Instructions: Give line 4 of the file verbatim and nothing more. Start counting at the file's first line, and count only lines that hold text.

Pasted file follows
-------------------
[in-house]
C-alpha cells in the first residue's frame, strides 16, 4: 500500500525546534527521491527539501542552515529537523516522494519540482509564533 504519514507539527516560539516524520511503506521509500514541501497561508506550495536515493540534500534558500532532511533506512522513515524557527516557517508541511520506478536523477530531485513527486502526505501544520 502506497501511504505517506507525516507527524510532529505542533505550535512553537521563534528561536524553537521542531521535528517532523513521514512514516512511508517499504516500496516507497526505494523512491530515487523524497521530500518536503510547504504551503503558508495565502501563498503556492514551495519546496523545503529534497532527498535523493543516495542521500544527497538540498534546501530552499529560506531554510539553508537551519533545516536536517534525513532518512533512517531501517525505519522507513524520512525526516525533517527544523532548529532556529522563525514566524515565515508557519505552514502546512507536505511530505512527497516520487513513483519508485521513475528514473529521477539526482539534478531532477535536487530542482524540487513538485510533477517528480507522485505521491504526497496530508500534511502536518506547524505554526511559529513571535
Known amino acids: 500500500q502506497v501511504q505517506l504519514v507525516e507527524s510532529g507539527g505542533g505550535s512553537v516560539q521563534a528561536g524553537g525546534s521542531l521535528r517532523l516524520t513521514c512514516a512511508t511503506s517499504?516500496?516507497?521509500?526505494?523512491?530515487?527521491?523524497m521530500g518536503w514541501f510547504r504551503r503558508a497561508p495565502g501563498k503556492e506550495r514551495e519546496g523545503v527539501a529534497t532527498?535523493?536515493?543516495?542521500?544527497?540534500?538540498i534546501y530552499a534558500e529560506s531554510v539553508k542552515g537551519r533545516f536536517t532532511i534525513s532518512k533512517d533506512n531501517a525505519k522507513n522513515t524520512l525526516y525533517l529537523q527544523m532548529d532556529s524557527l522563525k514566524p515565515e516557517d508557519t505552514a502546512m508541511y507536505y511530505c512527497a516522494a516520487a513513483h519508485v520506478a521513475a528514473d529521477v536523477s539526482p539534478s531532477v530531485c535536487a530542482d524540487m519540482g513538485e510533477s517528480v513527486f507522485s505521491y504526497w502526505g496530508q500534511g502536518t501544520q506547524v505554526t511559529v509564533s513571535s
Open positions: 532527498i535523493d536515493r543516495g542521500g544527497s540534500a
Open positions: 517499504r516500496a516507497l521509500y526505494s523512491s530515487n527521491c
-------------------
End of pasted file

Open positions: 532527498i535523493d536515493r543516495g542521500g544527497s540534500a